Non Blooming Climbing Roses

by Geraldine
(Hales Corners, WI)

I have a very healthy climbing rose bush....(it looks better than my other ones). It will not produce any blooms.


This is its 2nd year.

Is it possible I've got a plant that will never bloom? Is there such a thing? If not, what can I do to get it to bloom like my other ones?

I'm ready to dig it out!

Thank you; Geraldine

Botanical Journeys Plant Guides

Hold on Geraldine,

Don't dig your rose up just yet. Climbing roses take longer to mature and begin blooming than rose bushes. It is perfectly normal for a Climber not to bloom until its 3rd year in the ground.

Some varieties can take 4 years to bloom.

Climbing Peace is 1 of this type. You will find instructions for coaxing flowers from these reluctant bloomers on that page.

Any rose can produce a blind shoot. This is a mature cane that fails to produce flowers. But, I've never heard of a rose that just does not bloom.

Roses are bred specifically for their breathtaking flowers. A non-blooming rose would not sell.

When a rose fails to bloom, there is a reason.

You did not give the name of your plant but Climbers fall into 2 groups. Those that bloom on new wood (this season's) and those that bloom on old wood (the previous growing season's).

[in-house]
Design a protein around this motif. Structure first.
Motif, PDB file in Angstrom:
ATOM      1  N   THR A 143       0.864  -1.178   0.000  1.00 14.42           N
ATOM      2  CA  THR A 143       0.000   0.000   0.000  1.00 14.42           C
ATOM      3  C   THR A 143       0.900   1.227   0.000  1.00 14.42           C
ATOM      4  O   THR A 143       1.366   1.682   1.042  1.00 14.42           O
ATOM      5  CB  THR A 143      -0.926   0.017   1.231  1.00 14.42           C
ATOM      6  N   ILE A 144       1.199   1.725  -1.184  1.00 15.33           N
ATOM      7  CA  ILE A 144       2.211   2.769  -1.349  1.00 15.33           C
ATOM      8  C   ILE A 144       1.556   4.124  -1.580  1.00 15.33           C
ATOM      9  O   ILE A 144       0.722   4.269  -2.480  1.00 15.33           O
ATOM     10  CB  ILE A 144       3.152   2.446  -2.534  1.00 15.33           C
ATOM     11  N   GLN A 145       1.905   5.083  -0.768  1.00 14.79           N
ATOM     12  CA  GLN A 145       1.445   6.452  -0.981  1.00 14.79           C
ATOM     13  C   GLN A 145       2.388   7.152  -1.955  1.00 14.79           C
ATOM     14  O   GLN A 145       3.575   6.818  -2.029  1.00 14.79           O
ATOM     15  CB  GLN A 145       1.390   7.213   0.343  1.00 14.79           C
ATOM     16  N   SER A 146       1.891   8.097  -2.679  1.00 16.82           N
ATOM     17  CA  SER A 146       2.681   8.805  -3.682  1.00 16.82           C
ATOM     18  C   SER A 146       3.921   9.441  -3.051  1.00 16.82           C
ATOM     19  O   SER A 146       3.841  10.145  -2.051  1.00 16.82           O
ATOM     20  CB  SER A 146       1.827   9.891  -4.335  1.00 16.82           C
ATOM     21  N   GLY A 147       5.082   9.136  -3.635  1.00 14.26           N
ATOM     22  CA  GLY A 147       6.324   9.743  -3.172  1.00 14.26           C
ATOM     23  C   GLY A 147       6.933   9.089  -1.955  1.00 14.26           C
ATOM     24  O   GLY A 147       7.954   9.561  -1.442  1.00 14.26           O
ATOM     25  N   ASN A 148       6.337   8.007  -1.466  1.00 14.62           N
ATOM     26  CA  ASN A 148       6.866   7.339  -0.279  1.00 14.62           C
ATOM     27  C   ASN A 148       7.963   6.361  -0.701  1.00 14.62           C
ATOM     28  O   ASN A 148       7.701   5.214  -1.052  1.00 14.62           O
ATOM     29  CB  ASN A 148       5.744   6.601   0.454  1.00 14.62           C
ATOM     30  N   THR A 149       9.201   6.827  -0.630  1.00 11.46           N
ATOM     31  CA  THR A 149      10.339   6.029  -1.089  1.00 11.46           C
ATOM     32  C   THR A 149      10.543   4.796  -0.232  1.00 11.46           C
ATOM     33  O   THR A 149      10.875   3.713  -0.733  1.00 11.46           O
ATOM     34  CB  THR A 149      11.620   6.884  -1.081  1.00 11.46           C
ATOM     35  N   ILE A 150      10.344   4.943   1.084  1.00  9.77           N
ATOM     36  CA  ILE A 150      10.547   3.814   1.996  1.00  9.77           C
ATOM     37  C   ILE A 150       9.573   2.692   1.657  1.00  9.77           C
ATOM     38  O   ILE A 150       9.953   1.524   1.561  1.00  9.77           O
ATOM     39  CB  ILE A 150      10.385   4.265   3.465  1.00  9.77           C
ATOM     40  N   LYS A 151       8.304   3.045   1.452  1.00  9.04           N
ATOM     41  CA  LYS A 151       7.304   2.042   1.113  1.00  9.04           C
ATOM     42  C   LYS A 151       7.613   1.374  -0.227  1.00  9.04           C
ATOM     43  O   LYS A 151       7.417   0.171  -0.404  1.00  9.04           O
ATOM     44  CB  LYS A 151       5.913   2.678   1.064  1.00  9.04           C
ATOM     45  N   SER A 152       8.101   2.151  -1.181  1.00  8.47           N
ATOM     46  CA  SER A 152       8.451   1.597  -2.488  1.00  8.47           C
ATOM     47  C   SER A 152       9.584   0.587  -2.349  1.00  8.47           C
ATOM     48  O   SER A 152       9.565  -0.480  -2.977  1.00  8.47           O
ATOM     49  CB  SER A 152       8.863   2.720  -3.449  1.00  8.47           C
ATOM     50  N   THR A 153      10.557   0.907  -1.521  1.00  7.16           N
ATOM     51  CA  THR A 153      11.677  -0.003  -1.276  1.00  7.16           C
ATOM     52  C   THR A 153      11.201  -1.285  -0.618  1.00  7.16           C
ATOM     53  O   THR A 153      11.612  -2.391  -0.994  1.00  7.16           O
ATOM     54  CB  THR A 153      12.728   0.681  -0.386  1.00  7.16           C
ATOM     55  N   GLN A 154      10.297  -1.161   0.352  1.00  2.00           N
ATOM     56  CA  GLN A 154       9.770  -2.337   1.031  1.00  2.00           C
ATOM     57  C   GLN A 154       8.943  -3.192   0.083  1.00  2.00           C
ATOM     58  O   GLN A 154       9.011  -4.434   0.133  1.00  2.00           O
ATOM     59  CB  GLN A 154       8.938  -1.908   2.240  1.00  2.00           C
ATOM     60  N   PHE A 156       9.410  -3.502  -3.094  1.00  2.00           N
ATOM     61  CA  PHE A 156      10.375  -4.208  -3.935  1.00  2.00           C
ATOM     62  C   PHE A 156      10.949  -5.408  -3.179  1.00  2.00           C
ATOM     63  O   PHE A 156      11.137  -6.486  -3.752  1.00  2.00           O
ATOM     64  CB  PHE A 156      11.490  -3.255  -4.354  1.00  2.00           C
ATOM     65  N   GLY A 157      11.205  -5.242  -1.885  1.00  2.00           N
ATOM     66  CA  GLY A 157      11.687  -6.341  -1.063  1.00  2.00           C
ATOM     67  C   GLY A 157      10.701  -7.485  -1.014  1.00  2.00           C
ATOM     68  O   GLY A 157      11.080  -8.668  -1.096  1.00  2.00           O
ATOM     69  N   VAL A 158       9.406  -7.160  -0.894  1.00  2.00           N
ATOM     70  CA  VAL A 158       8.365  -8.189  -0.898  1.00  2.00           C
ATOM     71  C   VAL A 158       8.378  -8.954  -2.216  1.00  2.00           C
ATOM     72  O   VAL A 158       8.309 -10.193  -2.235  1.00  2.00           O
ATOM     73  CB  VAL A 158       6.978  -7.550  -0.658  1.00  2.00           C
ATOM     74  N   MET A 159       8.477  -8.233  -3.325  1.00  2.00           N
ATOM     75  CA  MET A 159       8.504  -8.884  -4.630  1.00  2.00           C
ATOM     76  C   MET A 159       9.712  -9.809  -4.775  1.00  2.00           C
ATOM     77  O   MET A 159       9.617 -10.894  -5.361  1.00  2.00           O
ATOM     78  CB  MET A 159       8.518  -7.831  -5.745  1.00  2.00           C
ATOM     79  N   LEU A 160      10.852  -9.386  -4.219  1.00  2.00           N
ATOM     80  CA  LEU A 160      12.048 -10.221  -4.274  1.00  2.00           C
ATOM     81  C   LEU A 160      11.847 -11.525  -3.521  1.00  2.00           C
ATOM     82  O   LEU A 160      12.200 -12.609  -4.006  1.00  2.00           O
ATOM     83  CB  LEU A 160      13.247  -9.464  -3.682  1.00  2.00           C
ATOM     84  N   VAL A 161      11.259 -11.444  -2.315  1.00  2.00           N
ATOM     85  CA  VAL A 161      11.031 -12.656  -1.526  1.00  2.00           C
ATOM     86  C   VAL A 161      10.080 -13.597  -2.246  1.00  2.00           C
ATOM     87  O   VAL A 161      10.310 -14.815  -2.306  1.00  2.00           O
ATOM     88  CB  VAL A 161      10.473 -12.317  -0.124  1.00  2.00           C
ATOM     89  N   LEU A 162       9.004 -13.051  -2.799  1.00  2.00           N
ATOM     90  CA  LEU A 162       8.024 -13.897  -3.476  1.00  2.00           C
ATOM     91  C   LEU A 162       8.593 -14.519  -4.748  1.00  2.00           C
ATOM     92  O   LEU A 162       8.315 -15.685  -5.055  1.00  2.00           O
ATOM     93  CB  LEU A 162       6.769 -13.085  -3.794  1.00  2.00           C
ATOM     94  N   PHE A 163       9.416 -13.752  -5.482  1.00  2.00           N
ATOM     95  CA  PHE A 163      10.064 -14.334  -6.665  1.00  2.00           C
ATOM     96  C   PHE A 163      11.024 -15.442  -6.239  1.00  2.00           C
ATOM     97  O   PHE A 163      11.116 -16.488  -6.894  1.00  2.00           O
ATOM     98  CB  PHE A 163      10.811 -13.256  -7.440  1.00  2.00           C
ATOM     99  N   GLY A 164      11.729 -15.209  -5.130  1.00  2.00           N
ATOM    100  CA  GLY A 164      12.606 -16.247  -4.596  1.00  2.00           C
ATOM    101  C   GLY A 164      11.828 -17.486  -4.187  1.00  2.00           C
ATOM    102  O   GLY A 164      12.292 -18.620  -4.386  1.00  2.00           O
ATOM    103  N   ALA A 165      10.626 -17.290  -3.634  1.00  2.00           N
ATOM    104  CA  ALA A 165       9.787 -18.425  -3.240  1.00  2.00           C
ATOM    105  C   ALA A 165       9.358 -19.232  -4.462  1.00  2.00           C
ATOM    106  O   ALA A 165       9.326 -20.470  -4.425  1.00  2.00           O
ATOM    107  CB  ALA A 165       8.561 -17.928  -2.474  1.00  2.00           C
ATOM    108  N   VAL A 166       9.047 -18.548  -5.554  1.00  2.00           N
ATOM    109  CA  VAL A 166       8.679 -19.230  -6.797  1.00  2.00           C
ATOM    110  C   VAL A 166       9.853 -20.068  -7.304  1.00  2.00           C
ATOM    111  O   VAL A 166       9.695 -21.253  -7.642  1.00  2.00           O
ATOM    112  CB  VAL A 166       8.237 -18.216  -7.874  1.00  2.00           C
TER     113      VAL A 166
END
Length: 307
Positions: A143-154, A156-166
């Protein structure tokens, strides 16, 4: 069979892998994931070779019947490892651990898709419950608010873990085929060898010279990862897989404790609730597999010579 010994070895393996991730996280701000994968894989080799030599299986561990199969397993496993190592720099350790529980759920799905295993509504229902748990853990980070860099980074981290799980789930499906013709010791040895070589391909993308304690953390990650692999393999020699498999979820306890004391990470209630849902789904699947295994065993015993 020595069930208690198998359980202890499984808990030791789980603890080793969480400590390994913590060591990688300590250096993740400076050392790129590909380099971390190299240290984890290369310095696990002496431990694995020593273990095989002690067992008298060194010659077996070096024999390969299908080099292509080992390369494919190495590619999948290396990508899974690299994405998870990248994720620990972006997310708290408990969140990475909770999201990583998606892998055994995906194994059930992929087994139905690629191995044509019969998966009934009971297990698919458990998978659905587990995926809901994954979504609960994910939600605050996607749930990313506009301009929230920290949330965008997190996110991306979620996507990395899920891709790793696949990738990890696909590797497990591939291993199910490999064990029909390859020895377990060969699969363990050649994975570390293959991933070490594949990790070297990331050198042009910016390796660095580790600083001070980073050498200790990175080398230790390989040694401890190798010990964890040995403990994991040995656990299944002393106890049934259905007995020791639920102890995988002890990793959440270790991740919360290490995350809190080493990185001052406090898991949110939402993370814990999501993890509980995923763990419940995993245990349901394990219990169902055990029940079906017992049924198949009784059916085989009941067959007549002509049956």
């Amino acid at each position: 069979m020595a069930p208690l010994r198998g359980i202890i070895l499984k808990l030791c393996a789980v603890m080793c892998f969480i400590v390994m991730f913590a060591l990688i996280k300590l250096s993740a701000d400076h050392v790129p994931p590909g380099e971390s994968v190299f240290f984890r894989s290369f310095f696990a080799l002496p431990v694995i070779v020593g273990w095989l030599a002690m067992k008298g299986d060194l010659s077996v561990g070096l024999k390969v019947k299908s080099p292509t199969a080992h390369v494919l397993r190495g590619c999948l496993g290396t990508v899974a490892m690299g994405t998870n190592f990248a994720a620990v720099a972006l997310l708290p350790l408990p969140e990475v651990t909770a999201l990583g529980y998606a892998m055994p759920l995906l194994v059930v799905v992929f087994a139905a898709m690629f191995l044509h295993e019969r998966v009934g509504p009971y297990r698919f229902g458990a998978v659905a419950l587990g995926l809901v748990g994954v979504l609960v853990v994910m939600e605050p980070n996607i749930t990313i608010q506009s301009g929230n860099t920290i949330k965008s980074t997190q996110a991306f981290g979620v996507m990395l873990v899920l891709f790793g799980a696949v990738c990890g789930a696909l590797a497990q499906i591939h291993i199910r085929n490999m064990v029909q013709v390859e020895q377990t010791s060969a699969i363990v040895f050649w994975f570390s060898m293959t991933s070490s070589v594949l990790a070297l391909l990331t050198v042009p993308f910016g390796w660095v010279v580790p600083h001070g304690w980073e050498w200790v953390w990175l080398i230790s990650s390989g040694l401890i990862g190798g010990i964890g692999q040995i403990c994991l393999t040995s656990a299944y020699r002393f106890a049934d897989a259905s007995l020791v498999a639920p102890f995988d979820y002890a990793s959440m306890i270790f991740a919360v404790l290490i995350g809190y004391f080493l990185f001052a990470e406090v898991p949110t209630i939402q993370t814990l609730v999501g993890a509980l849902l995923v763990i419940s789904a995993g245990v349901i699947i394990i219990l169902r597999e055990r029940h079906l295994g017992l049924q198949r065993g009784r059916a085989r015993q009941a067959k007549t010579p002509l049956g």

How to Prune Climbing Roses That Bloom Once Each Spring will tell you how to handle roses that bloom on old wood.

Pruning Repeat Blooming Climbing Roses offers instruction on pruning Climbers that bloom on new wood.

If you treat a once bloomer like a repeat bloomer, it will never bloom no matter what else you do.

The other reason roses sometimes fail to flower is lack of fertility in the soil.

Top dress the plant's root zone with composted manure and put it on an accelerated feeding schedule to correct this and you should be able to kick start it into bloom.

Fertilizing Roses will tell you when and how much to feed a rose for optimal bloom.

I must say that I do not think you have a feeding problem because your rose looks healthy. Poor nutrition usually leads to poor health in roses.

I really suspect that your plant simply needs more time to mature or has been inappropriately pruned.

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Sep 24, 2011
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Gratitude for advice
by: Anonymous

Thank you for your advice. You folks we're right! I waited and had beautiful yellow roses this year!

Keep up the good work!

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